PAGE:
Stop Car Repossession in Tennessee – Bankruptcy Lawyer
For most Tennessee residents, a car is a necessity. You need transportation to get to work and go to the grocery store, among other things. If you have fallen behind on your loan payments and are facing repossession by your lender, you do have options, such as filing for bankruptcy.
Bankruptcy can be an effective way to stop car repossession proceedings, or at the least, settle your deficiency balance (the difference between what your lender sells your car for after repossession and your loan amount). When you file for bankruptcy in Tennessee, the lender must stop repossession efforts for your vehicle. You may even be able to get your lender to return your already repossessed vehicle.
To learn more about Chapter 7 or Chapter 13 bankruptcy code in Tennessee, contact The Pope Firm for a free consultation. Our qualified team has helped countless residents stop the repossession process, keep their vehicles, and get out from under the stress of excess debt.
Repossession is a possibility if you used your vehicle as collateral for a loan, whether that be for the purchase of the vehicle or another purpose. If you don’t honor your loan agreements, your lender can—and likely will—put your car or vehicle up for repossession.
In Tennessee, a lender can repossess an RV, car, truck, motorcycle, or any other vehicle covered in a loan agreement.
A repo agent or lender does not need to notify you before beginning the vehicle repossession process. The lender also does not need to hold a court hearing. However, under Tennessee law, the car repossession company must inform you how you can retrieve your personal items from the repossessed vehicle or car. You will be given an appointment to claim your items.
What If I Hide My Car from Repossession?
You should not hide your car from repossession agents, as it will only lead to additional loan fees from your lender. While hiding won’t help, a lawyer might if the repossession company or your lender failed to follow certain laws and repossession regulations regarding how and where they can take your property.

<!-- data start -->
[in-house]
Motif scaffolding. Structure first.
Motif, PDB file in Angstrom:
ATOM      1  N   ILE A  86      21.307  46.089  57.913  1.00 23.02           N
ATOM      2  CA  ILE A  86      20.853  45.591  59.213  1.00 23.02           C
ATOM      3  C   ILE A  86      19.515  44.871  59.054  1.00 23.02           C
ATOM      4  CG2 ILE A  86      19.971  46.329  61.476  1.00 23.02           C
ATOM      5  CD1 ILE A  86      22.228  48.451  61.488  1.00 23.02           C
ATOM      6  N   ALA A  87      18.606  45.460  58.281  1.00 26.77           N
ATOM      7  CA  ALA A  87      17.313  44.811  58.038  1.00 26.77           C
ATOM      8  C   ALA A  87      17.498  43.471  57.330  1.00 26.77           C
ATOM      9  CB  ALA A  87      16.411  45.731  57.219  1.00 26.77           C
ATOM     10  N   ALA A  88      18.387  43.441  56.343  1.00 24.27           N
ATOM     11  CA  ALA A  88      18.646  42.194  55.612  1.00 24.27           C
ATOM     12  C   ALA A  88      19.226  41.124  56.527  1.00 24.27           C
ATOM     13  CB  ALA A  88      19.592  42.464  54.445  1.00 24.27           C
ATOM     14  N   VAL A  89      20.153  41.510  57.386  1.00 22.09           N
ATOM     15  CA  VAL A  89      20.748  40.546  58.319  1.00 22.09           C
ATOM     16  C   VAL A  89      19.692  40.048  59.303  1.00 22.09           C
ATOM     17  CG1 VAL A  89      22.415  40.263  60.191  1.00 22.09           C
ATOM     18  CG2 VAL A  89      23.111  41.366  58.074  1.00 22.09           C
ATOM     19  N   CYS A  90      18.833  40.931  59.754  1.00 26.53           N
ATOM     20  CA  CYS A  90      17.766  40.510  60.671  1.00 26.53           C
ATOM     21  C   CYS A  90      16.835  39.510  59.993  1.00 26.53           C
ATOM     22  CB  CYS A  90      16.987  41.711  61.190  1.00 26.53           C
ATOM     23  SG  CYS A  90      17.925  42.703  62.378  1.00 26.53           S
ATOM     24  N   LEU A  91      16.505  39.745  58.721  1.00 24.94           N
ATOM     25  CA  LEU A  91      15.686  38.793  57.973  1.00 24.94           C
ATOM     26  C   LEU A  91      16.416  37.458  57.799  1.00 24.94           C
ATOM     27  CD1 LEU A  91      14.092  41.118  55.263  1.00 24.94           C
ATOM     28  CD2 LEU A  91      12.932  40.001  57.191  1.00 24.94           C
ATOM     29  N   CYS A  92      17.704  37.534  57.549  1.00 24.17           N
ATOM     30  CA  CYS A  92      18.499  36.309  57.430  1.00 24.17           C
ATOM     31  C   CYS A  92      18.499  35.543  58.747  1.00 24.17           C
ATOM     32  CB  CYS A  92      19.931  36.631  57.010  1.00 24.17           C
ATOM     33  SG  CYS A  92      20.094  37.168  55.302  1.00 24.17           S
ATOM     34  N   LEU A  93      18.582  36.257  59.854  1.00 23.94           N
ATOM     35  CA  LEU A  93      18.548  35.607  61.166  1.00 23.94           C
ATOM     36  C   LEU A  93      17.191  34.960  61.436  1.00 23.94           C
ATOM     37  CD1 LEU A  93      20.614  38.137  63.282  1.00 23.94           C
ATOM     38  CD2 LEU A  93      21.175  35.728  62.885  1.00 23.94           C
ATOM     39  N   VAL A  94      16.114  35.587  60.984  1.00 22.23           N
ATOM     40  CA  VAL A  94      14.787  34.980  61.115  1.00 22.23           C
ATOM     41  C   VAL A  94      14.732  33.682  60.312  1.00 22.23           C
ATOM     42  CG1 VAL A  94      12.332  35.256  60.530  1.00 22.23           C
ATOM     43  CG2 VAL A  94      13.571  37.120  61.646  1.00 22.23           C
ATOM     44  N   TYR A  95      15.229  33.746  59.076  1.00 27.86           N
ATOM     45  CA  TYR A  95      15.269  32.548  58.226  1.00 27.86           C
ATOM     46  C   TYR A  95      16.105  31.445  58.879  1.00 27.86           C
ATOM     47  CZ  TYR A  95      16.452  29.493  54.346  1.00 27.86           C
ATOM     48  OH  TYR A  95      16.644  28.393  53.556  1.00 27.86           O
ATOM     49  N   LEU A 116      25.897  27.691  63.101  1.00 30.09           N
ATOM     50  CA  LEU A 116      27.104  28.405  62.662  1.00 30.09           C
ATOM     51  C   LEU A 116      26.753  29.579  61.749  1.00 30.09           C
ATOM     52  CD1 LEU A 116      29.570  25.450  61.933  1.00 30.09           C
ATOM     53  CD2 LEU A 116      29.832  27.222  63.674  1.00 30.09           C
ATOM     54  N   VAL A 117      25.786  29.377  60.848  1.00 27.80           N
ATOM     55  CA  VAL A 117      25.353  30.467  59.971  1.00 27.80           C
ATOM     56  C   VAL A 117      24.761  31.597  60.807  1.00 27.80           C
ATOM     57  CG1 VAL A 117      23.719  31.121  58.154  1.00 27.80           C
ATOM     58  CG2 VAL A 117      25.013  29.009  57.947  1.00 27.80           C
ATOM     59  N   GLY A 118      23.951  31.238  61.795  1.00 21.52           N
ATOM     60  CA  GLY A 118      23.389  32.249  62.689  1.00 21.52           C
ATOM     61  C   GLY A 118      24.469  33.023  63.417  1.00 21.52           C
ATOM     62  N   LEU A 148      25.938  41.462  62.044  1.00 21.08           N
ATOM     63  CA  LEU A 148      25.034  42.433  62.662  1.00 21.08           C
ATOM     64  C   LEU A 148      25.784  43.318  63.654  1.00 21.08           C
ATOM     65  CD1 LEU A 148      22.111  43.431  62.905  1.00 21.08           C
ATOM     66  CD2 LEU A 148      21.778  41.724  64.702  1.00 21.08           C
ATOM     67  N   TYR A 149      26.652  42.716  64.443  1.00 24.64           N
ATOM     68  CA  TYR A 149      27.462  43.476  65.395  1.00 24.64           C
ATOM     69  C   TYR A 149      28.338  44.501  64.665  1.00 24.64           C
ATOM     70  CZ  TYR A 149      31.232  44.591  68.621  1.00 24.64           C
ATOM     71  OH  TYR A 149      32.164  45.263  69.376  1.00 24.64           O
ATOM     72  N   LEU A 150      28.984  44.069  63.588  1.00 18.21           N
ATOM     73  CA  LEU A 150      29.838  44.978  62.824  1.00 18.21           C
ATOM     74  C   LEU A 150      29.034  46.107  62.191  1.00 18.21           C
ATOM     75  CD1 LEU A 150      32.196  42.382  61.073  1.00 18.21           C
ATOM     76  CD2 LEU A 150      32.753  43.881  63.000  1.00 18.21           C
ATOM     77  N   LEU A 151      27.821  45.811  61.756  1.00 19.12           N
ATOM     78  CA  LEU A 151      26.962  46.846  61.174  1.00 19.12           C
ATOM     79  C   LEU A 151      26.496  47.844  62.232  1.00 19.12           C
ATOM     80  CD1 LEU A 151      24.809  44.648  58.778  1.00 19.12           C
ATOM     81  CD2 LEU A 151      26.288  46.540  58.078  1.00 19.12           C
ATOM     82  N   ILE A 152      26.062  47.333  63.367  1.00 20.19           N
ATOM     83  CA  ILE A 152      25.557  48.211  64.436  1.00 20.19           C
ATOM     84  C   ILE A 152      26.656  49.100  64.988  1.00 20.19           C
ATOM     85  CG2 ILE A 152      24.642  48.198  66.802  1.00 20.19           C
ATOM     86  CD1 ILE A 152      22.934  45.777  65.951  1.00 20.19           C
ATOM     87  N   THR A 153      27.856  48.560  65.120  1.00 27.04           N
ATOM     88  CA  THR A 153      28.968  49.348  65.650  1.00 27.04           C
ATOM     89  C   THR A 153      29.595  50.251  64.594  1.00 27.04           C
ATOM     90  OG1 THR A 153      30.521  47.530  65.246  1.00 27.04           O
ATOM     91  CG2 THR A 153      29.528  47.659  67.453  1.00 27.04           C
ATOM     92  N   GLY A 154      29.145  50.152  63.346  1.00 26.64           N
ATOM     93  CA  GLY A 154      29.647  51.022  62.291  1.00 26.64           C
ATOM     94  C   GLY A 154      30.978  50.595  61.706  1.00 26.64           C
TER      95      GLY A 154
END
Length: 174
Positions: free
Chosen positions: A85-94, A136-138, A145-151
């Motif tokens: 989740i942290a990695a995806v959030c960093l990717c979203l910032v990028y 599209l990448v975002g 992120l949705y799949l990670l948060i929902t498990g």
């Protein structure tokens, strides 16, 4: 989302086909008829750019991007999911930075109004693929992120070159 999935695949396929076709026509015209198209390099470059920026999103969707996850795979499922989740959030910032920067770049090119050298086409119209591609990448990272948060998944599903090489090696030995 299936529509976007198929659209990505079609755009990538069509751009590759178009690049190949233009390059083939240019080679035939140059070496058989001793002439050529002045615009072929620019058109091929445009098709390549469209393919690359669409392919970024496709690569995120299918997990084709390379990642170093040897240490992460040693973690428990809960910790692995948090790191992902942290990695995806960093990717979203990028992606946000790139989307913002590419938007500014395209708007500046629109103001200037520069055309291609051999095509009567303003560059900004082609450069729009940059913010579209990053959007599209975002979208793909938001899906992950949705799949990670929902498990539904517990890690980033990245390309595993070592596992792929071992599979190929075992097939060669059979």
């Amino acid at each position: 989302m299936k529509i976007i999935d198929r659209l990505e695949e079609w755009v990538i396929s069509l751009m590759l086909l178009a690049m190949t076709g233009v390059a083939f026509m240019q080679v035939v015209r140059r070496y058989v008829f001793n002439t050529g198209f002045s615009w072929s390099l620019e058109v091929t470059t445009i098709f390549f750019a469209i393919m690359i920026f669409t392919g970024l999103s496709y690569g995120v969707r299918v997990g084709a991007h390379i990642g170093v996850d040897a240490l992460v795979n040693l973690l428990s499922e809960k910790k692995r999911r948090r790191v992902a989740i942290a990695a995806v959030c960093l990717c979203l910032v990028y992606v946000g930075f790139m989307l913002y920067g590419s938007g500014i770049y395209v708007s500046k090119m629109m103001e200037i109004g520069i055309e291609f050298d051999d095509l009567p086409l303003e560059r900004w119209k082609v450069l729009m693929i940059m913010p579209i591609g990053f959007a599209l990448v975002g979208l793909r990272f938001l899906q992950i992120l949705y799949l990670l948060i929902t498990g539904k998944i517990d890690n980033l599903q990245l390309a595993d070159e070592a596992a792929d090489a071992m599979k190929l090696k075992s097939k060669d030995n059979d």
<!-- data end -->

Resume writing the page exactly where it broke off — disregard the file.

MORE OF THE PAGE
Tennessee repossession laws state:
Repossession agents may not come into your garage to recover your car uninvited.
Repossession agents may not use violence to get your car.
A repossession agent may not trick you into bringing your car to a vehicle repair shop.
Repossession laws give you a deadline by which to make a loan payment to your lender. After the deadline, the lender can repossess and sell your car.
When you file for bankruptcy in Tennessee, you can often keep your vehicle and may even be able to cancel fees on your loan or get a smaller monthly payment. That could make all the difference in your ability to get your finances in order, but the effectiveness of bankruptcy hinges on proper representation and experience. Call us to discuss your bankruptcy options today.
How Long Will a Repo Man Look for My Car?
Most Tennessee lenders hire a professional car repossession company to retrieve vehicles. The longer it takes them to find your vehicle, the more money you may have to pay back to the lender—and the lender may seek your vehicle indefinitely if they wish to do so.
As soon as you file for bankruptcy, whether Chapter 7 or Chapter 13, though, the lender must temporarily stop repossession of your vehicle. This gives you the opportunity to find a debt relief agency and decrease your loan balance, negotiate your deficiency balance, or work out a forbearance agreement with your lender.
Get Help with Your Tennessee Vehicle Repossession Case
You don’t have to navigate the repossession process alone. We’re here to help you stop your car from being repossessed—call The Pope Firm bankruptcy law office and work with one of the top bankruptcy lawyers in Tennessee.
The information shared here should not be taken as legal advice and does not constitute an attorney-client relationship.